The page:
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Monday, December 02, 2013

Little Women :: RtK Classic Book Club November Wrap-Up

Reading to Know - Book ClubYes, yes, yes! It's December! So we should probably wrap-up the November book club discussion, ya think? This month we read Little Women, by Louisa May Alcott. Cassandra from Adventist Homemaker chose this book and is here to lead the discussion. Below are her thoughts.

As a quick note, the Reading to Know Book Club will continue on into 2014. It will officially become a classics book club. Titles and teammates to be announced next week.

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I thoroughly enjoyed the time I spent with the March sisters during the month of November. I read Little Women at a leisurely pace, a few chapters each night before bed. It felt very homey, like a visit with some old friends.

When I started reading, I expected that I would find myself mostly in Jo, as I related to her most as a teen and young adult. I was (and still can be) impetuous, headstrong, and fascinated with novels and writing. My castle in the sky has always been a house with a personal library filled with dusty classics and a big desk where I can sit and write.

During this read through, surprisingly, I found myself mostly relating to Meg! There was one chapter in particular that really struck close to home. Meg finds herself courted by a kind but poor man. They marry and live very simply. Meg struggles with her desire for pretty things and finds herself fighting to be content with her husband’s ability to provide. She finds herself giving in to temptation and purchasing fabric for a new gown, a gown that she and Brooke could not afford.

I know exactly what temptation Meg faced, gave into, and learned from. I grew up poor but enjoy pretty and nice things – clothes, simple jewelry, a cozy home. During college, my husband and I made some bad financial decisions and both of us brought debt with us to our marriage. We are still paying off our student loans but we are now (following God’s plan for us) a one-income family. My husband provides for our needs, but because of our debt and saving for an adoption, I have to say no to a lot of my “wants.” Like Meg, sometimes I just want to go shopping without thought for the cost. Like Meg, I have hurt my husband by desiring more than we can afford. It’s a hard lesson to learn but one that really struck home during this read of Little Women.

What about you? If you read Little Women earlier in life, did you find yourself relating to the same character as before? Have you grown up with the March sisters? If this is your first read, were you able to identify with one of the girls? Maybe with Marmee? I hope you enjoyed spending November with the March family!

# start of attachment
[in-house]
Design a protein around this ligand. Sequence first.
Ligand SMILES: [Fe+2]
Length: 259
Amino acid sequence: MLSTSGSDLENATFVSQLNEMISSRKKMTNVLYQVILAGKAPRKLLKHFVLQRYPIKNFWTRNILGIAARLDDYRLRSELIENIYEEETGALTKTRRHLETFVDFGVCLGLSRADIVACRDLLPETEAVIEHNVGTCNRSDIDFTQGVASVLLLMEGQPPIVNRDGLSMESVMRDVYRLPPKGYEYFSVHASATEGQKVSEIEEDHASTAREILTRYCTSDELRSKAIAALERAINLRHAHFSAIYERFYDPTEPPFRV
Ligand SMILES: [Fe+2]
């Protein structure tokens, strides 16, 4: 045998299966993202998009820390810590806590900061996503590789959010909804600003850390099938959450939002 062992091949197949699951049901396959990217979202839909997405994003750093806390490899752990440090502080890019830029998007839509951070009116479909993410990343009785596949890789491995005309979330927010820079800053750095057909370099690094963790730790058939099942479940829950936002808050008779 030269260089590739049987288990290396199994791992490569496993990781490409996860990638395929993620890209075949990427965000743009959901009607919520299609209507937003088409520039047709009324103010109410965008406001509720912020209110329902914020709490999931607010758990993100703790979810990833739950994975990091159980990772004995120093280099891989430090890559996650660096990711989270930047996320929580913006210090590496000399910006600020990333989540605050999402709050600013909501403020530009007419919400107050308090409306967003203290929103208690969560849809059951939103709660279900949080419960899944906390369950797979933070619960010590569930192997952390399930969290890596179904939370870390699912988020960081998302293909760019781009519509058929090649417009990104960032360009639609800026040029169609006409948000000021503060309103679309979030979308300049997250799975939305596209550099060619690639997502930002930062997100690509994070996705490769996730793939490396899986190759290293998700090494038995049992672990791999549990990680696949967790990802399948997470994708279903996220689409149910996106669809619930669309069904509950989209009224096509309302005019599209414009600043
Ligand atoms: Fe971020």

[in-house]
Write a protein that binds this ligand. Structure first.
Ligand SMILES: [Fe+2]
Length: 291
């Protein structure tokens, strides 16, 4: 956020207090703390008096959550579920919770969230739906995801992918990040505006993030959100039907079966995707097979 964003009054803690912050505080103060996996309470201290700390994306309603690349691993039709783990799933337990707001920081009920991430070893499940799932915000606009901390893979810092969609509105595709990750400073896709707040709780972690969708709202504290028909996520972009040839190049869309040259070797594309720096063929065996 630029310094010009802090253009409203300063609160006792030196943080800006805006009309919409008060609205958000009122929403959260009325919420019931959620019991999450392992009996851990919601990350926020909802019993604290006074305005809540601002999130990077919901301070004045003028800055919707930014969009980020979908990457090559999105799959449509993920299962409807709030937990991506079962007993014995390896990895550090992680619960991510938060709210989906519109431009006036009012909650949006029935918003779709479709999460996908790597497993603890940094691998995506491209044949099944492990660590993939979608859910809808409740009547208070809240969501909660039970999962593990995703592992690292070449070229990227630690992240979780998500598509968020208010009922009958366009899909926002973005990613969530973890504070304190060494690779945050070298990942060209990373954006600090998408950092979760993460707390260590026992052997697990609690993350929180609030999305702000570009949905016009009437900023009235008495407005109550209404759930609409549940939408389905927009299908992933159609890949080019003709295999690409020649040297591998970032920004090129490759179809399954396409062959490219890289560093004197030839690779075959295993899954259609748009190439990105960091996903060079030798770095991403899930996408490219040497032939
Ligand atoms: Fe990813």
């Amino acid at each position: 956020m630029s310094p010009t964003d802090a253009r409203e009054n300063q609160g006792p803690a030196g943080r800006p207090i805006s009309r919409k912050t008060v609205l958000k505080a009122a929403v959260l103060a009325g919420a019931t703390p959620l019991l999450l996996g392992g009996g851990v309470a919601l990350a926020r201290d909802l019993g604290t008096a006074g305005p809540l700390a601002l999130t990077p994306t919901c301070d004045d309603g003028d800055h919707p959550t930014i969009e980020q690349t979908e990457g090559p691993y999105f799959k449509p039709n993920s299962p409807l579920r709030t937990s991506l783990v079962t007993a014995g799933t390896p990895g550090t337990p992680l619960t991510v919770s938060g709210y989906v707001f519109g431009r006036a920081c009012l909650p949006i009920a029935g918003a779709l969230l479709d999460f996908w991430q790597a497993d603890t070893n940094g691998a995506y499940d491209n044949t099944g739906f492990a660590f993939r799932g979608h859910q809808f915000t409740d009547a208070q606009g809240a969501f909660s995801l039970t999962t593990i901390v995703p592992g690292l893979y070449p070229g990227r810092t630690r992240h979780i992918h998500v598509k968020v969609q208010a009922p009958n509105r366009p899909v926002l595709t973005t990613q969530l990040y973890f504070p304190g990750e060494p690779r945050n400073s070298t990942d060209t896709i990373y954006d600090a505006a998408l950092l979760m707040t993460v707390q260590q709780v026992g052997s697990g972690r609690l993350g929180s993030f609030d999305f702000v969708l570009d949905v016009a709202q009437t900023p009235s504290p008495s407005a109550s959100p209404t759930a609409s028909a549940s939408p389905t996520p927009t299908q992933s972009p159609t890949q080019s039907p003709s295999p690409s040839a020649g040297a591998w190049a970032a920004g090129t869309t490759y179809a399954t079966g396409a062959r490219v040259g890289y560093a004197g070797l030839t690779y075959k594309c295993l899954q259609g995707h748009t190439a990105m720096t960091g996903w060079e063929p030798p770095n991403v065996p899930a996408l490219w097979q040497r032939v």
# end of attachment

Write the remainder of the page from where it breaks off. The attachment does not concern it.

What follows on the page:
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Many thanks to Cassandra for hosting this month! My own personal thoughts will be shared later on this week (because yes, I AM behind)!

4 comments:

Annette {This Simple Home} said...

I'm hoping to write my review tonight and post tomorrow. I have lots to say!

Stephanie Shepherd said...

We haven't finished it, but I'm thoroughly enjoying reading it aloud with my girls (10, 7 and 6) for the first time. My 10 and 7-almost-8 are able to get much of the humor. It seems like this time I'm relating much more to Meg this time (like Cassandra mentioned) as opposed to Jo who I always thought I was as a young(er) girl. And, I'm much more observant of Marmee in this reading - as I mother my own brood of girls I'm looking at how she is acting and reacting.

Thanks for picking this - we're going to continue with this no matter how long it takes us to plug through this book. : )

Barbara H. said...

I always enjoy rereading this book, and like Cassandra, I have identified with different characters in the story at different times of my life.

Though I did read (listen) to this book this past month, I just reviewed it a year ago so I am going to link to that review instead of writing a new one: http://barbarah.wordpress.com/2012/12/19/book-review-little-women/

Annette {This Simple Home} said...

My review of this beloved favorite!

Thanks for choosing it!

http://www.thissimplehome.com/2013/12/little-women-by-louisa-may-alcott.html

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